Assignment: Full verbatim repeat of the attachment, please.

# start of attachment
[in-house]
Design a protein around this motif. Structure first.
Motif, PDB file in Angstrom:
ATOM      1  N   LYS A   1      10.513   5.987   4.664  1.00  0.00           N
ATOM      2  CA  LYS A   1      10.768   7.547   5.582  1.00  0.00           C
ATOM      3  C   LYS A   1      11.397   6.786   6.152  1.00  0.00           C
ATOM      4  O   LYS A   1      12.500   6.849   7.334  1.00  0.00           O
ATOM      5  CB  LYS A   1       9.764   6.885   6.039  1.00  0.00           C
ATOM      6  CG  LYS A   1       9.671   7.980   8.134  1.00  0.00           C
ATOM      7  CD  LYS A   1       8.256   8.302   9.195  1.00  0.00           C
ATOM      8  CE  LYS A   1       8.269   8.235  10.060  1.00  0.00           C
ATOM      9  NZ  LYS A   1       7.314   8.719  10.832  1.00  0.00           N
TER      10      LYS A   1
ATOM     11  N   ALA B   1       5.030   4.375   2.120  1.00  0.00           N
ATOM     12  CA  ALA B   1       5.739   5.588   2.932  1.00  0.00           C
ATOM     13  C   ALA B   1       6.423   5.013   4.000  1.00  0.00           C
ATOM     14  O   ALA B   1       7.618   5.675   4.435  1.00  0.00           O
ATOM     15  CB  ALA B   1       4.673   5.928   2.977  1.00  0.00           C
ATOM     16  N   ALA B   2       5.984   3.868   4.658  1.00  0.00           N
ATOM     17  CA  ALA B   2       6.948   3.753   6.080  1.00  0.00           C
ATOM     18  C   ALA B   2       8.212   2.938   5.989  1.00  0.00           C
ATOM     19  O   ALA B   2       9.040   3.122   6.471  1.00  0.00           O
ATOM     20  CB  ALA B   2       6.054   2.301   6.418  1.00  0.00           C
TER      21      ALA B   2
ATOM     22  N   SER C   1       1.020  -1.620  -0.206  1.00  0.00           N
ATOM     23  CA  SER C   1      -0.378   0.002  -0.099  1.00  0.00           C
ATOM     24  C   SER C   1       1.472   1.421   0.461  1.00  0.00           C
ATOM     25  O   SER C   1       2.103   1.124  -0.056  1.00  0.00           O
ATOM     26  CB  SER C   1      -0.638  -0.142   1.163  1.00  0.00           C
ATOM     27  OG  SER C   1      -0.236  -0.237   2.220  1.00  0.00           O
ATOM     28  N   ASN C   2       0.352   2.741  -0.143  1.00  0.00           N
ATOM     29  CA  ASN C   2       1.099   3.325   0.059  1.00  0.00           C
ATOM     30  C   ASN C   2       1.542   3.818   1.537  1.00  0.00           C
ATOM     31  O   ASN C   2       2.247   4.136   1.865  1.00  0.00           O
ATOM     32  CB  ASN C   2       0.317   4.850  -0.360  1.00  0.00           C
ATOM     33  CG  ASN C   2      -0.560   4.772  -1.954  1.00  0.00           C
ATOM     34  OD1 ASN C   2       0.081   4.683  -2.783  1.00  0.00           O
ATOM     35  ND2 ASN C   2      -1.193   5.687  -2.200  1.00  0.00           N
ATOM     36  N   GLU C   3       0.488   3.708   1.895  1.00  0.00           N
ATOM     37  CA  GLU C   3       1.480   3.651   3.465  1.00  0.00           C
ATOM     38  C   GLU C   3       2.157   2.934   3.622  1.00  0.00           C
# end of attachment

[in-house]
Design a protein around this motif. Structure first.
Motif, PDB file in Angstrom:
ATOM      1  N   LYS A   1      10.513   5.987   4.664  1.00  0.00           N
ATOM      2  CA  LYS A   1      10.768   7.547   5.582  1.00  0.00           C
ATOM      3  C   LYS A   1      11.397   6.786   6.152  1.00  0.00           C
ATOM      4  O   LYS A   1      12.500   6.849   7.334  1.00  0.00           O
ATOM      5  CB  LYS A   1       9.764   6.885   6.039  1.00  0.00           C
ATOM      6  CG  LYS A   1       9.671   7.980   8.134  1.00  0.00           C
ATOM      7  CD  LYS A   1       8.256   8.302   9.195  1.00  0.00           C
ATOM      8  CE  LYS A   1       8.269   8.235  10.060  1.00  0.00           C
ATOM      9  NZ  LYS A   1       7.314   8.719  10.832  1.00  0.00           N
TER      10      LYS A   1
ATOM     11  N   ALA B   1       5.030   4.375   2.120  1.00  0.00           N
ATOM     12  CA  ALA B   1       5.739   5.588   2.932  1.00  0.00           C
ATOM     13  C   ALA B   1       6.423   5.013   4.000  1.00  0.00           C
ATOM     14  O   ALA B   1       7.618   5.675   4.435  1.00  0.00           O
ATOM     15  CB  ALA B   1       4.673   5.928   2.977  1.00  0.00           C
ATOM     16  N   ALA B   2       5.984   3.868   4.658  1.00  0.00           N
ATOM     17  CA  ALA B   2       6.948   3.753   6.080  1.00  0.00           C
ATOM     18  C   ALA B   2       8.212   2.938   5.989  1.00  0.00           C
ATOM     19  O   ALA B   2       9.040   3.122   6.471  1.00  0.00           O
ATOM     20  CB  ALA B   2       6.054   2.301   6.418  1.00  0.00           C
TER      21      ALA B   2
ATOM     22  N   SER C   1       1.020  -1.620  -0.206  1.00  0.00           N
ATOM     23  CA  SER C   1      -0.378   0.002  -0.099  1.00  0.00           C
ATOM     24  C   SER C   1       1.472   1.421   0.461  1.00  0.00           C
ATOM     25  O   SER C   1       2.103   1.124  -0.056  1.00  0.00           O
ATOM     26  CB  SER C   1      -0.638  -0.142   1.163  1.00  0.00           C
ATOM     27  OG  SER C   1      -0.236  -0.237   2.220  1.00  0.00           O
ATOM     28  N   ASN C   2       0.352   2.741  -0.143  1.00  0.00           N
ATOM     29  CA  ASN C   2       1.099   3.325   0.059  1.00  0.00           C
ATOM     30  C   ASN C   2       1.542   3.818   1.537  1.00  0.00           C
ATOM     31  O   ASN C   2       2.247   4.136   1.865  1.00  0.00           O
ATOM     32  CB  ASN C   2       0.317   4.850  -0.360  1.00  0.00           C
ATOM     33  CG  ASN C   2      -0.560   4.772  -1.954  1.00  0.00           C
ATOM     34  OD1 ASN C   2       0.081   4.683  -2.783  1.00  0.00           O
ATOM     35  ND2 ASN C   2      -1.193   5.687  -2.200  1.00  0.00           N
ATOM     36  N   GLU C   3       0.488   3.708   1.895  1.00  0.00           N
ATOM     37  CA  GLU C   3       1.480   3.651   3.465  1.00  0.00           C
ATOM     38  C   GLU C   3       2.157   2.934   3.622  1.00  0.00           C